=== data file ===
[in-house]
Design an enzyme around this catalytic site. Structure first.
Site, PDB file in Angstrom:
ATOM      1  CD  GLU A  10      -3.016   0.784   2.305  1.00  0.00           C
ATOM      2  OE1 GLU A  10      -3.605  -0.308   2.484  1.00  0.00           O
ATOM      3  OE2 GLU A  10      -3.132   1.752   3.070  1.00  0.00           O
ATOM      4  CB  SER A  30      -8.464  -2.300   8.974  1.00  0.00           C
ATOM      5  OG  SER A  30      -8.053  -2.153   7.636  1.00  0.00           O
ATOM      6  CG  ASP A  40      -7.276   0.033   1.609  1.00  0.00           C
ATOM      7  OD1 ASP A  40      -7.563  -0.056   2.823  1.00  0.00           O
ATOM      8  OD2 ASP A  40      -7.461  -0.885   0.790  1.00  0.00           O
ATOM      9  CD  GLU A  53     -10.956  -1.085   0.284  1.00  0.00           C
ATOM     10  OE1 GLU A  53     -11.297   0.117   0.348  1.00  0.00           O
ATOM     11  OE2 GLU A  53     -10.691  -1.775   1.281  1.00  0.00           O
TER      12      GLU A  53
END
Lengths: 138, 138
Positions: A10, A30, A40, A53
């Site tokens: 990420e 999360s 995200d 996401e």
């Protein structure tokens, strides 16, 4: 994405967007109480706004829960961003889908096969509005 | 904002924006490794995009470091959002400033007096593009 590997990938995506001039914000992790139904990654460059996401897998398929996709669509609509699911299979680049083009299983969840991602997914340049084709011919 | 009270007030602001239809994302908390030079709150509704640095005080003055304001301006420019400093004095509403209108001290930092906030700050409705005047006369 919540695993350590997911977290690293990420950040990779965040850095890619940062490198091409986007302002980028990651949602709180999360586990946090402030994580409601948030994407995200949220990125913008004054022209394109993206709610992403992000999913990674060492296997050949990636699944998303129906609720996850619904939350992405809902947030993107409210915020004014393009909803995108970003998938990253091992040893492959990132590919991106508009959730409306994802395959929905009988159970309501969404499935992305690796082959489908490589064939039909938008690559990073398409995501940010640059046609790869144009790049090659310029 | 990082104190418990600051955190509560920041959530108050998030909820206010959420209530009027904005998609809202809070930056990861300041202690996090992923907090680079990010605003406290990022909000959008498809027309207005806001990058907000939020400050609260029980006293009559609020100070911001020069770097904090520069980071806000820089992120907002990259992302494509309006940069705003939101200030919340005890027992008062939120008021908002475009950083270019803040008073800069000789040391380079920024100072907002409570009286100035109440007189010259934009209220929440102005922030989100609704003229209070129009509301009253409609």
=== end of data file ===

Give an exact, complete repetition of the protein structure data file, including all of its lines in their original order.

[in-house]
Design an enzyme around this catalytic site. Structure first.
Site, PDB file in Angstrom:
ATOM      1  CD  GLU A  10      -3.016   0.784   2.305  1.00  0.00           C
ATOM      2  OE1 GLU A  10      -3.605  -0.308   2.484  1.00  0.00           O
ATOM      3  OE2 GLU A  10      -3.132   1.752   3.070  1.00  0.00           O
ATOM      4  CB  SER A  30      -8.464  -2.300   8.974  1.00  0.00           C
ATOM      5  OG  SER A  30      -8.053  -2.153   7.636  1.00  0.00           O
ATOM      6  CG  ASP A  40      -7.276   0.033   1.609  1.00  0.00           C
ATOM      7  OD1 ASP A  40      -7.563  -0.056   2.823  1.00  0.00           O
ATOM      8  OD2 ASP A  40      -7.461  -0.885   0.790  1.00  0.00           O
ATOM      9  CD  GLU A  53     -10.956  -1.085   0.284  1.00  0.00           C
ATOM     10  OE1 GLU A  53     -11.297   0.117   0.348  1.00  0.00           O
ATOM     11  OE2 GLU A  53     -10.691  -1.775   1.281  1.00  0.00           O
TER      12      GLU A  53
END
Lengths: 138, 138
Positions: A10, A30, A40, A53
């Site tokens: 990420e 999360s 995200d 996401e």
């Protein structure tokens, strides 16, 4: 994405967007109480706004829960961003889908096969509005 | 904002924006490794995009470091959002400033007096593009 590997990938995506001039914000992790139904990654460059996401897998398929996709669509609509699911299979680049083009299983969840991602997914340049084709011919 | 009270007030602001239809994302908390030079709150509704640095005080003055304001301006420019400093004095509403209108001290930092906030700050409705005047006369 919540695993350590997911977290690293990420950040990779965040850095890619940062490198091409986007302002980028990651949602709180999360586990946090402030994580409601948030994407995200949220990125913008004054022209394109993206709610992403992000999913990674060492296997050949990636699944998303129906609720996850619904939350992405809902947030993107409210915020004014393009909803995108970003998938990253091992040893492959990132590919991106508009959730409306994802395959929905009988159970309501969404499935992305690796082959489908490589064939039909938008690559990073398409995501940010640059046609790869144009790049090659310029 | 990082104190418990600051955190509560920041959530108050998030909820206010959420209530009027904005998609809202809070930056990861300041202690996090992923907090680079990010605003406290990022909000959008498809027309207005806001990058907000939020400050609260029980006293009559609020100070911001020069770097904090520069980071806000820089992120907002990259992302494509309006940069705003939101200030919340005890027992008062939120008021908002475009950083270019803040008073800069000789040391380079920024100072907002409570009286100035109440007189010259934009209220929440102005922030989100609704003229209070129009509301009253409609």